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Low: For a band that has one of the best-known — and most religiously sincere — holiday albums in indie-rock, the darkly harmonious Duluth trio has been very selective about performing yuletide concerts in the years since its 1999 EP “Christmas” earned widespread acclaim and Gap TV commercial play. This year’s 20th anniversary made a good time to revisit the collection at the historic St. Paul theater that has become the band’s go-to zone-out space in town. This is not the Low show to go to if you want to hear “Pissing,” but you never know with these unpredictable Minnesota music heroes. (8 p.m. Fri., Fitzgerald Theater, 10 E. Exchange St., St. Paul, $35, eTix.com)

The Blenders: Long before Pentatonix and Home Free, this Fargo-reared male a cappella quartet flirted with pop stardom via the 1998 novelty hit “(I’m in Love With the) McDonald’s Girl” and a Universal Music record deal. They’ve endured mainly as a holiday act. This year’s seasonal run marks their 30th anniversary, which they’re celebrating with dueling “Blenders Day” decrees in Fargo and Minnesota and a new TV documentary debuting online Tuesday via the Inforum.com YouTube Channel, with four Minneapolis shows in between. (7:30 p.m. Thu., 8 p.m. Fri. & Sat., 2 p.m. Sun., Pantages Theatre, Mpls., $48.)

Tina Schlieske: Whether she’s rockin’ originals with Tina & the B Sides, doing classic covers with Lola & the Red Hots, or delivering her Sinatra-inspired standards show, she fills the room with her powerhouse voice and personality. And who can forget her James Brown interpretations with the New Standards? She promises a parade of friends for this “Rockin’ the Holidays” concert. (8 p.m. Fri., Parkway Theater, Mpls., sold out)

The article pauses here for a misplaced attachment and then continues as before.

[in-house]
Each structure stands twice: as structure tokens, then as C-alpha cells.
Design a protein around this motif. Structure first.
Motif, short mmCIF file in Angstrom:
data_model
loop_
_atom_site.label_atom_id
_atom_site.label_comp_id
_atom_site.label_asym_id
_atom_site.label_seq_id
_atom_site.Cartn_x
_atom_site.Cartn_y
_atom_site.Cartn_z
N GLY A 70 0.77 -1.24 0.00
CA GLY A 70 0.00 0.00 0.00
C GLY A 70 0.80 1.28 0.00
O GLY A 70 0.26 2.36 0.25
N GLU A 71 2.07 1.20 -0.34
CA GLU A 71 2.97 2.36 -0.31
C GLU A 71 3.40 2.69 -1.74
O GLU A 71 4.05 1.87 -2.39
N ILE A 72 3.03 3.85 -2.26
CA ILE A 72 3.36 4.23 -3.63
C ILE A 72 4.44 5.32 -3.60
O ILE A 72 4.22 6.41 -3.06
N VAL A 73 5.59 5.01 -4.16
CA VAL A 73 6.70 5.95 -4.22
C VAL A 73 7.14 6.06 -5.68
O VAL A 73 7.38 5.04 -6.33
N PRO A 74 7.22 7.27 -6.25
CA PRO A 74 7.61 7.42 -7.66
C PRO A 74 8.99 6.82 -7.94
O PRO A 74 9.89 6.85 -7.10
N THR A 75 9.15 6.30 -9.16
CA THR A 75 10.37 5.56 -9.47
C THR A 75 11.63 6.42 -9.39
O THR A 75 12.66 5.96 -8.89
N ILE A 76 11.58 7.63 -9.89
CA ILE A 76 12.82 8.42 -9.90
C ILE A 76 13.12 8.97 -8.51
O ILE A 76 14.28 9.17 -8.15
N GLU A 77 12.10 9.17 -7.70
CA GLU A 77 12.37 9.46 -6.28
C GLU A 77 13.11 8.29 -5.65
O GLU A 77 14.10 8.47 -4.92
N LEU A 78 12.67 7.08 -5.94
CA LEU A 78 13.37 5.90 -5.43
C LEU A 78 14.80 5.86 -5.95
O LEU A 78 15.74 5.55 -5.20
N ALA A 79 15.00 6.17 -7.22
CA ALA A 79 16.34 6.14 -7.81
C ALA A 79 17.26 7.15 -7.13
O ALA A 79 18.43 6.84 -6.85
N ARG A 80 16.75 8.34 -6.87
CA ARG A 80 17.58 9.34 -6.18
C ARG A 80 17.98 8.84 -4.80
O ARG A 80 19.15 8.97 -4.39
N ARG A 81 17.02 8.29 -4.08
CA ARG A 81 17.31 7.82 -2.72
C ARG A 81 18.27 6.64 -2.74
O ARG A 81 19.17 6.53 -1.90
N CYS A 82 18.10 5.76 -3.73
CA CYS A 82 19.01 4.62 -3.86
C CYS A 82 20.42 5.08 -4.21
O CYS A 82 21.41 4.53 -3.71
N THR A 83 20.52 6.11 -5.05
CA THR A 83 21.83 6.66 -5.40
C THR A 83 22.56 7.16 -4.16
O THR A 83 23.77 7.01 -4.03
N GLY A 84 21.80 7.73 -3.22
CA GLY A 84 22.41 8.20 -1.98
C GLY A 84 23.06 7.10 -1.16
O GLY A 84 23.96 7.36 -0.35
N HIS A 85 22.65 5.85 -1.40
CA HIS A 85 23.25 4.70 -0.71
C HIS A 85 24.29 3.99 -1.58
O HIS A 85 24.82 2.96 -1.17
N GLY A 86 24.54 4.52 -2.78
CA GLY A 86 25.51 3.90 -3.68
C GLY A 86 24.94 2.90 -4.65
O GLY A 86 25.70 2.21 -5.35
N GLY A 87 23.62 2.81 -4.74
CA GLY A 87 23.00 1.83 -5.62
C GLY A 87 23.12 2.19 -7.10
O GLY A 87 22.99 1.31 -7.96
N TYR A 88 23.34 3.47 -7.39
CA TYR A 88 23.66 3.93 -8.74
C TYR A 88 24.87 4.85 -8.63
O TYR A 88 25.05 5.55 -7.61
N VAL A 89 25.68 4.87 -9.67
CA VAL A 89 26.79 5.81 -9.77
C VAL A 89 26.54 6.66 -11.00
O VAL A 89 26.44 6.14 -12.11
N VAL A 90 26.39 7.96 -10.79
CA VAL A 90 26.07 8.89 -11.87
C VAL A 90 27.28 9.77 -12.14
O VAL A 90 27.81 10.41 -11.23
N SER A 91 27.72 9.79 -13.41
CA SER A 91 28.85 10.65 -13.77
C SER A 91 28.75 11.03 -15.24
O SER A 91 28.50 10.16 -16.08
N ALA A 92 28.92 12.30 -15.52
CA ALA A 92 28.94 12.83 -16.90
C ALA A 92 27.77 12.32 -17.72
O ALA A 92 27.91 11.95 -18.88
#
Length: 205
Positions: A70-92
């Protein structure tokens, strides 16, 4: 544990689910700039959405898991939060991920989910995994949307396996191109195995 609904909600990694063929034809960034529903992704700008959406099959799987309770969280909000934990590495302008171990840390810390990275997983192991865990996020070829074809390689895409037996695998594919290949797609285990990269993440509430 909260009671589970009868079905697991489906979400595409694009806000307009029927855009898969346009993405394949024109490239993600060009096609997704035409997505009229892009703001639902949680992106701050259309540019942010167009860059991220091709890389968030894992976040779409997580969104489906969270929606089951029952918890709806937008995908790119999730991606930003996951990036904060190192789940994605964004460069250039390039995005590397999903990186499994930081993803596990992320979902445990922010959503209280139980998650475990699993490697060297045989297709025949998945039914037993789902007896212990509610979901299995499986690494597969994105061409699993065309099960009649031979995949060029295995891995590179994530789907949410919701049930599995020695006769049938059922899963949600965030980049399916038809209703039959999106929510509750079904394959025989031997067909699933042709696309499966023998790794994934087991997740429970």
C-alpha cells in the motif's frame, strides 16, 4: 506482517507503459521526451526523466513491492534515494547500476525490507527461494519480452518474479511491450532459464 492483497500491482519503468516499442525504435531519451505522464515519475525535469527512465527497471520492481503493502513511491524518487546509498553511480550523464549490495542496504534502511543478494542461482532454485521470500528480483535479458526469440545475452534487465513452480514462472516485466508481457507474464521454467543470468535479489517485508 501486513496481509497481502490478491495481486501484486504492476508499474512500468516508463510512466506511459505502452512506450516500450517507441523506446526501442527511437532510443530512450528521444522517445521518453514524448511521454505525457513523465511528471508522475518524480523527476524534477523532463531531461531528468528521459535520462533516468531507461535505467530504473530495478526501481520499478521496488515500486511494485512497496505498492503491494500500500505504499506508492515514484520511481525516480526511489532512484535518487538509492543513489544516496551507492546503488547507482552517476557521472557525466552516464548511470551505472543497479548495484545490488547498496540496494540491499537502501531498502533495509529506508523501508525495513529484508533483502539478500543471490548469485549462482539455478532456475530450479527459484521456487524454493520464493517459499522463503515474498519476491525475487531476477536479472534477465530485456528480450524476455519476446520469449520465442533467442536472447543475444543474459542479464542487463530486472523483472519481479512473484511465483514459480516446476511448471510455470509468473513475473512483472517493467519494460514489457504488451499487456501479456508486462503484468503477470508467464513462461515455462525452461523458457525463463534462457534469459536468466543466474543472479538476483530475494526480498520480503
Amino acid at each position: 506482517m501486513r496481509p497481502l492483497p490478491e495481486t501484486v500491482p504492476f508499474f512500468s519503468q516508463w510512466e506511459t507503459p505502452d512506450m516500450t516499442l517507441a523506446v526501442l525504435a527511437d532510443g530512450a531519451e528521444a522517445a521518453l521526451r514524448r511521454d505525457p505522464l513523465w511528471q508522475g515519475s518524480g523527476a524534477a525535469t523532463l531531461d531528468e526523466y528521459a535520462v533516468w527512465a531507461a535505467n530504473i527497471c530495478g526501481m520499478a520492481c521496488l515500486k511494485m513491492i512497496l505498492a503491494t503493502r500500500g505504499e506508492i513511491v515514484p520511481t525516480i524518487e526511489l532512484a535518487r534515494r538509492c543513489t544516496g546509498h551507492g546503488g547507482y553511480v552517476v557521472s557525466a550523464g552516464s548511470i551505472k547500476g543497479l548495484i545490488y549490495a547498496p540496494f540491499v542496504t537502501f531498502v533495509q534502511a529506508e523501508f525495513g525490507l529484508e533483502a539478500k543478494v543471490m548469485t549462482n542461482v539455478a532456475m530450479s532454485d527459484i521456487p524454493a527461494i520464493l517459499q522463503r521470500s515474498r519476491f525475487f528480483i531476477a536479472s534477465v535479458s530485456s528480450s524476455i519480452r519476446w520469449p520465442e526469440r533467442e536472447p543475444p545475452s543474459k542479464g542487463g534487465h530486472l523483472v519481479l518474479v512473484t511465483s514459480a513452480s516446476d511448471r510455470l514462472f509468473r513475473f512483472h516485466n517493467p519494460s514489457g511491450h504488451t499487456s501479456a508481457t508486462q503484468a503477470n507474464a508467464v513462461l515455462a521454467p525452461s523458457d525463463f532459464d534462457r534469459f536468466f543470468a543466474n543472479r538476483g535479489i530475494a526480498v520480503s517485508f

Wynton Marsalis: Every December for the past decade or so, Marsalis’ Jazz at Lincoln Center Orchestra celebrates the season with swinging arrangements of sacred and secular tunes. On 2015’s album “Big Band Holidays,” Marsalis showcased vocal stars Cecile McLorin Salvant and Gregory Porter, and this fall he delivered “Big Band Holidays II” with Aretha Franklin and Catherine Russell. The vocalists on tour are Denzal Sinclaire and teenager Alexis Morrast, the 2017 winner of “Showtime at the Apollo.” (8 p.m. Fri., Orchestra Hall, Mpls., $50-$143)

Holiday Har Mar Experience: After spending much of the year launching his synth-pop duo Heart Bones, Sean Tillmann is back to Har Mar Superstarring at year’s end. He and his tight soul-groove band are working up some seasonal tunes alongside their usual favorites for two holiday shows that will push aside the fine dining tables for an open dance floor, all to benefit One Heartland youth camp and services. (10 p.m. Fri. & Sat., Dakota, Mpls., $35.)

Hot Tuna: The acoustic blues duo side project of Jefferson Airplane principals Jack Casady and Jorma Kaukonen eventually became an electrifying blues band. The Airplane crashed long ago but Hot Tuna is celebrating its 50th anniversary on an acoustic tour with drummer Justin Guip. Kaukonen is always a picker to be reckoned with. Opening is the outstanding husband-and-wife Americana duo Larry Campbell and Teresa Williams, last seen charming as openers for Little Feat this fall. (8 p.m. Sat., Fitzgerald Theater, St. Paul, $39.50-$59.50)

The Petersons: Minnesota’s first family of jazz will celebrate the holidays once again, along with a new seasonal album by Patty Peterson. On “Count Your Blessings,” she channels her inner Barbra Streisand, finds a soul-jazz vibe on “Christmas Time Is Here” and graciously shares her gratitude on “I Am Thankful,” written by her sister Linda. (8 p.m. Sat., Hopkins Center for the Arts, sold out.)

The Joy Formidable: After reiterating its place as truly one of the most formidable whir-rock/wall-of-sound bands of the day with last year’s stormy album “Aaarth,” the Welsh trio hit the road this month revisiting its burstingly energetic, charmingly earnest debut “A Balloon Called Moaning” to mark its 10th anniversary. A new deluxe edition of the LP has been released with Welsh-language versions of the songs, which prove the band’s joyful guitar workouts have universal translation. (8:30 p.m. Sat., Fine Line, 318 1st Av. N., Mpls., $25-$40, eTix.com)